Many of you may have heard this story before. I’ve heard it told by James Dobson, by Richard Rohr, and a few others. But it merits repeating:

Some years ago an American research centre conducted an experiment with a wall-eyed pike. They placed this fish in an aquarium and fed it regularly, Then, after a time, they inserted an invisible glass plate into the aquarium, sealing off part of it. They began to put the wall-eyed’s food on the other side of that plate. Every time the fish tried to take some food, it would bump against the glass plate and come away empty.

For quite a while the fish kept trying, swimming up, attempting to take food, bumping its mouth, and coming away empty. Eventually, the wall-eye stopped trying. It would swim towards the food but, just before striking the glass plate, it would turn and swim slowly away.

At this point, the researchers removed the glass plate. But the damage had been done. The fish never ate again. No amount of hunger could drive it to attempt again to eat. It would swim up to the food and, at the last second, turn away, not knowing that the glass plate was now gone and that it could eat freely. The wall-eye eventually died of malnutrition – surrounded by food.

This is not meant as a sentimental little anecdote designed to make us feel sorry for a poor fish which had the misfortune of falling victim to the cruelties of human experiment, though, hearing it, does give the heart a sad wrench. 

The sorrow it triggers goes much deeper than mere sentiment. This story goes to that part of the heart where we would want to cry and cry and never stop crying – but, for the most part, cannot. It goes to that part of the heart where we are most damaged – and most hardened. That’s why it begs for tears even as some of the feelings it evokes brings our wounded pride to the surface and hardens us against all softness. Somebody once suggested that the reason why men are afraid to cry is that if they ever gave in to what’s deep inside of them and allowed the tears to flow there would be no end of it. The tears would never stop. I believe that this is true of men – and of women as well.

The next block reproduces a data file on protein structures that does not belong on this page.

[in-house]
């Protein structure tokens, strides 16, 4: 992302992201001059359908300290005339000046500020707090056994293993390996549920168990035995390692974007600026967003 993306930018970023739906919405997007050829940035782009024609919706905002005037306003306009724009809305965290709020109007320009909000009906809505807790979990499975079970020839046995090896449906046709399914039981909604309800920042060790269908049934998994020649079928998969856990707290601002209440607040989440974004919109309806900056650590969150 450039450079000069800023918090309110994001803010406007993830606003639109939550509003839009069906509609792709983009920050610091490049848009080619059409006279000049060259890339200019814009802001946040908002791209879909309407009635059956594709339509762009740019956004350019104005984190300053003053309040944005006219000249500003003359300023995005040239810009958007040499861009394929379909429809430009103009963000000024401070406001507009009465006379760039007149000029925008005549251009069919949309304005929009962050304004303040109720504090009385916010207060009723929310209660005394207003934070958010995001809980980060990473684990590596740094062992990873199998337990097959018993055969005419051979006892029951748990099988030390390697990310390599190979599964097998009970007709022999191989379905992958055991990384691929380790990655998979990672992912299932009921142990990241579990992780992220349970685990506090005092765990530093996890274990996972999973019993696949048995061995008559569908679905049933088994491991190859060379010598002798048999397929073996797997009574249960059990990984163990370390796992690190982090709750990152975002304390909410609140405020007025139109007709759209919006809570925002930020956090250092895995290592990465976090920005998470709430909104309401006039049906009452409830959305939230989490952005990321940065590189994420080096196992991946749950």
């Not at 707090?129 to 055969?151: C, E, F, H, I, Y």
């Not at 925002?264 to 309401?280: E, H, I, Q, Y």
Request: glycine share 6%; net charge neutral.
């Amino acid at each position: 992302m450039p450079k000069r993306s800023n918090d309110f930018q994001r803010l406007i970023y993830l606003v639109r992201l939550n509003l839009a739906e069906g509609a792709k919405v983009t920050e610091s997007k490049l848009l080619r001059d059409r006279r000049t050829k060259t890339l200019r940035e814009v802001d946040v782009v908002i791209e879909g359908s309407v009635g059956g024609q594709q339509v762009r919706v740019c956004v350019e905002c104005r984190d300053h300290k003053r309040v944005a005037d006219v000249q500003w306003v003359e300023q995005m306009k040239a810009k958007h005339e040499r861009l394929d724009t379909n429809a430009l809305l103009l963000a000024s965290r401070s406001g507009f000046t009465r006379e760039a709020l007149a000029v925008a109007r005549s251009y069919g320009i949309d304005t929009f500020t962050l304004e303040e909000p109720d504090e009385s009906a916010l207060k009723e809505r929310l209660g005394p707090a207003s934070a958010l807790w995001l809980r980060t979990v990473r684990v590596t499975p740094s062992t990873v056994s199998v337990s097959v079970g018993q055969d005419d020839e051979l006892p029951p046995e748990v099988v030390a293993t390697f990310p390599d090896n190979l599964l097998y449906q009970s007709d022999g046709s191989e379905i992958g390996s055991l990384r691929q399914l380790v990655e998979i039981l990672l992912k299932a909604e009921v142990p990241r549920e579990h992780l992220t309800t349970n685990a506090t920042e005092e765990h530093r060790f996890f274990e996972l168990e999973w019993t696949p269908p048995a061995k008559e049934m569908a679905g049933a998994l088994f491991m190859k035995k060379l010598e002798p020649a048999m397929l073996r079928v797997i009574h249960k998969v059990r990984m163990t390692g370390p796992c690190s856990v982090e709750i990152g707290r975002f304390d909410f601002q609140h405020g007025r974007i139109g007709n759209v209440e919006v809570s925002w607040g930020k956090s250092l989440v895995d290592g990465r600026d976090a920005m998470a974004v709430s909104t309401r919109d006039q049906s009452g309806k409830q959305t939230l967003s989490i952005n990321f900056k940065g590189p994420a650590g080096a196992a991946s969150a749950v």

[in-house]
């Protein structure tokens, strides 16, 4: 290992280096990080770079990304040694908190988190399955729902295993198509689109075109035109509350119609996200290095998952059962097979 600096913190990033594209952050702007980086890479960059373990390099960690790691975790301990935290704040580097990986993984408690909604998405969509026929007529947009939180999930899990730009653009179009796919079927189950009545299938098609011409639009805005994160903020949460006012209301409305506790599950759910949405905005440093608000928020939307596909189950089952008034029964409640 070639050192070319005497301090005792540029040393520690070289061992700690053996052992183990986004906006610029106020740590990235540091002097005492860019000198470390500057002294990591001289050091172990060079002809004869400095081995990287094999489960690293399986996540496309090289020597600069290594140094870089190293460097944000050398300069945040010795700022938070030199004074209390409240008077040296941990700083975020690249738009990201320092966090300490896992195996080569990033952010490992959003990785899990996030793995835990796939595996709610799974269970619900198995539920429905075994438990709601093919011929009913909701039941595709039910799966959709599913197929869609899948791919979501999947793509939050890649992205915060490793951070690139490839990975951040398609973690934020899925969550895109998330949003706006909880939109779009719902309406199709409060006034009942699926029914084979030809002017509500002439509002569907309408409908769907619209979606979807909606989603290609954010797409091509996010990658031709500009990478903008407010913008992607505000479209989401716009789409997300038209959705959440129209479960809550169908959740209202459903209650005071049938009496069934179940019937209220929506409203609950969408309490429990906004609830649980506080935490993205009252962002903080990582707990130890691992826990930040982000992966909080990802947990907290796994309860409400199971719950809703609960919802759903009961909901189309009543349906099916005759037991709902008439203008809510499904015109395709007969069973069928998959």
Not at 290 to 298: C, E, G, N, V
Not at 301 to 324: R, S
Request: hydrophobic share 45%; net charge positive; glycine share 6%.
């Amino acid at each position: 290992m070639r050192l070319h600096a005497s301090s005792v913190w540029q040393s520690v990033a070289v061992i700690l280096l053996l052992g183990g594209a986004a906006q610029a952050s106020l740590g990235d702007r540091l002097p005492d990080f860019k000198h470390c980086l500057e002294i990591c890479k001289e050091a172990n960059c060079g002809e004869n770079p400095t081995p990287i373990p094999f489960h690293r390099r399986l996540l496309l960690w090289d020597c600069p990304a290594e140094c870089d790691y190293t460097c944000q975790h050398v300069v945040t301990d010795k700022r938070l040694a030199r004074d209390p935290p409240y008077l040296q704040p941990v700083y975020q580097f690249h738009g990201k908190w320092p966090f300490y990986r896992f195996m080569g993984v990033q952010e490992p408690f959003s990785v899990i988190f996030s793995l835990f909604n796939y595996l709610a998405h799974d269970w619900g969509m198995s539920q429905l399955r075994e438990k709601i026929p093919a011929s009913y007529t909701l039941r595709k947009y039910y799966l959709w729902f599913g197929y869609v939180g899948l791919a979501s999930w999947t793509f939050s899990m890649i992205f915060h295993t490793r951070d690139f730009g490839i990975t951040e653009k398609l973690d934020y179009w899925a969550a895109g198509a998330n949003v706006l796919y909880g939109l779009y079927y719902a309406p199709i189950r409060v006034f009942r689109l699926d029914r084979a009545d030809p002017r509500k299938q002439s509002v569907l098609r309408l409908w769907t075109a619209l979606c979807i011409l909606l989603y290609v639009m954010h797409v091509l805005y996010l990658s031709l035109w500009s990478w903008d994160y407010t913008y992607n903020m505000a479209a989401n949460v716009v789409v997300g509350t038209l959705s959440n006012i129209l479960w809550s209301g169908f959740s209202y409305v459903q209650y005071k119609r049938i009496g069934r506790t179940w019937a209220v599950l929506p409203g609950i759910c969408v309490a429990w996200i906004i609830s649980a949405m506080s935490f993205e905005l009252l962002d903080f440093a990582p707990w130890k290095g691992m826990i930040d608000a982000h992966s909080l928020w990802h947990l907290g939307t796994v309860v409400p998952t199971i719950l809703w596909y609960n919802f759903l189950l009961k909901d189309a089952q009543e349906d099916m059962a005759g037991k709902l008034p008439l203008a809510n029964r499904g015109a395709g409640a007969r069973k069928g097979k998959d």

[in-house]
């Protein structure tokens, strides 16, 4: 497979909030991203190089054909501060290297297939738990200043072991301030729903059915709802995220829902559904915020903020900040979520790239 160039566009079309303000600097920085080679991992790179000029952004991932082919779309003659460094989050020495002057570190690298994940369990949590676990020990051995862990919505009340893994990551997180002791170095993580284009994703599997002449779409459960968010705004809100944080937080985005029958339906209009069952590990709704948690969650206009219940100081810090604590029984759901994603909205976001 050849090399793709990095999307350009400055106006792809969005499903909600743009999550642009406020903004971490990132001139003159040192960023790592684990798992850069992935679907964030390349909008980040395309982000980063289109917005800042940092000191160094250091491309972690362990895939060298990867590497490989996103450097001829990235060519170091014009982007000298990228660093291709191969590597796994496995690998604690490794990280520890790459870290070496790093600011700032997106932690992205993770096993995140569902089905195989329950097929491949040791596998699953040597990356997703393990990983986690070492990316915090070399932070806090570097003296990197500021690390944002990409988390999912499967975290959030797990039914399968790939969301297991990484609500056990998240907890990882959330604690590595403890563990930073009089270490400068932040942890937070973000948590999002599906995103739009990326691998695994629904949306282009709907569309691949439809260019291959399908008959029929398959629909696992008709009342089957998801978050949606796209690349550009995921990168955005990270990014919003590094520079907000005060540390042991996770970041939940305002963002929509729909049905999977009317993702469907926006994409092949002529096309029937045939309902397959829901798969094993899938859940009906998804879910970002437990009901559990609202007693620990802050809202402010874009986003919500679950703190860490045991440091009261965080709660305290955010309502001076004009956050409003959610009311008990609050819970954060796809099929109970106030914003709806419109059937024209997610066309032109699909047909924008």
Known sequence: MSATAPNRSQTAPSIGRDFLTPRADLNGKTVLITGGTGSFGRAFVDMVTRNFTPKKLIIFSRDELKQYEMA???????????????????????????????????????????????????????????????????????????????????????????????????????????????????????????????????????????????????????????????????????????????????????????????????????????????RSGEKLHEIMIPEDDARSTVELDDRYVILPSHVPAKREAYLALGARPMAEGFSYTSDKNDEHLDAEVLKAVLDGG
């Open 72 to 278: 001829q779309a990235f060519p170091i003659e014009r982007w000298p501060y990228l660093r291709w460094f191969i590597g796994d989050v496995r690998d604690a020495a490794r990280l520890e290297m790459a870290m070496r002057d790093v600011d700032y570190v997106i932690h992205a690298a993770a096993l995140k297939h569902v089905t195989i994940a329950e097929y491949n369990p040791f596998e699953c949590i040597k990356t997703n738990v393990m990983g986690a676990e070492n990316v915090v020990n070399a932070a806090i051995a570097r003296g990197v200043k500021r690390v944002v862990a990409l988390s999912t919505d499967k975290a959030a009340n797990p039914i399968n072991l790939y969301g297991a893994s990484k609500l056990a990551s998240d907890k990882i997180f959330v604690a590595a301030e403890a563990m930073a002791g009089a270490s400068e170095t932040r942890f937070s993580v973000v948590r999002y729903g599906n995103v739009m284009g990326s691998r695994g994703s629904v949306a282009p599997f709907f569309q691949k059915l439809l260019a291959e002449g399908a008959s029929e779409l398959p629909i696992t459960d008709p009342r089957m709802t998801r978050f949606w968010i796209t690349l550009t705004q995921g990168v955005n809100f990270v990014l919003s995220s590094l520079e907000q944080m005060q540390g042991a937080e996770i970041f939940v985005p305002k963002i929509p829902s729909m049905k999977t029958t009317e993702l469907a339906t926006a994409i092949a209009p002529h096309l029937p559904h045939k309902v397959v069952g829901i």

Hearing this story helps us understand why.

All of us know exactly what happened to this wall-eyed pike and why it eventually stopped eating – and most of us are in danger of dying from a similar malnutrition.

What an incredible parable this is! What an insight it can give us into why we are starving when love is all around us! Why this deep well of inchoate sadness within us? Why such affective timidity? Why our chronic distrust? Why are we so limp in our capacity to simply let ourselves be loved? Why are we so debilitated and starving for affection, even as we, and everyone around us, are bursting with desire?

We are dying of from lack of love in a world where most everyone wants to love and we are unable to pour out love upon people who are starving for it. Strange. There are no glass plates between ourselves and others and yet we cannot really touch. Food is all around and we are dying from malnutrition. Something is deeply wrong and we are, all of us, deeply sad.

This story, to my mind, says something very important about what is wrong, why we are so deeply sad, and what’s to be done about. And its value is that it speaks to the soul, gently, directly, deeply. It is something not so much to be explained as it is to be felt. Its language and image honours the soul and gives it both the space and the respect that it needs to do its proper grieving. Hence stories like this are badly needed. Today we have too little language and too few images that give our souls the permission they need to feel certain things.

Instead we have a virtual library of analytical literature which attempts to explain to us why we are, in its terminology, dysfunctional, chronically depressed, and unfree to simply enter the flow of love and delight in it. Its a valuable literature, good in itself, but it is a clinical one. It examines us the way a doctor would – naked on the diagnostic table, under the merciless glare of fluorescent lights, every mole and scab exposed, and no dignity possible as various instruments do their probing.

Weeping with the wall-eyed pike takes away the glare of the fluorescent lights and gives our tears dignity.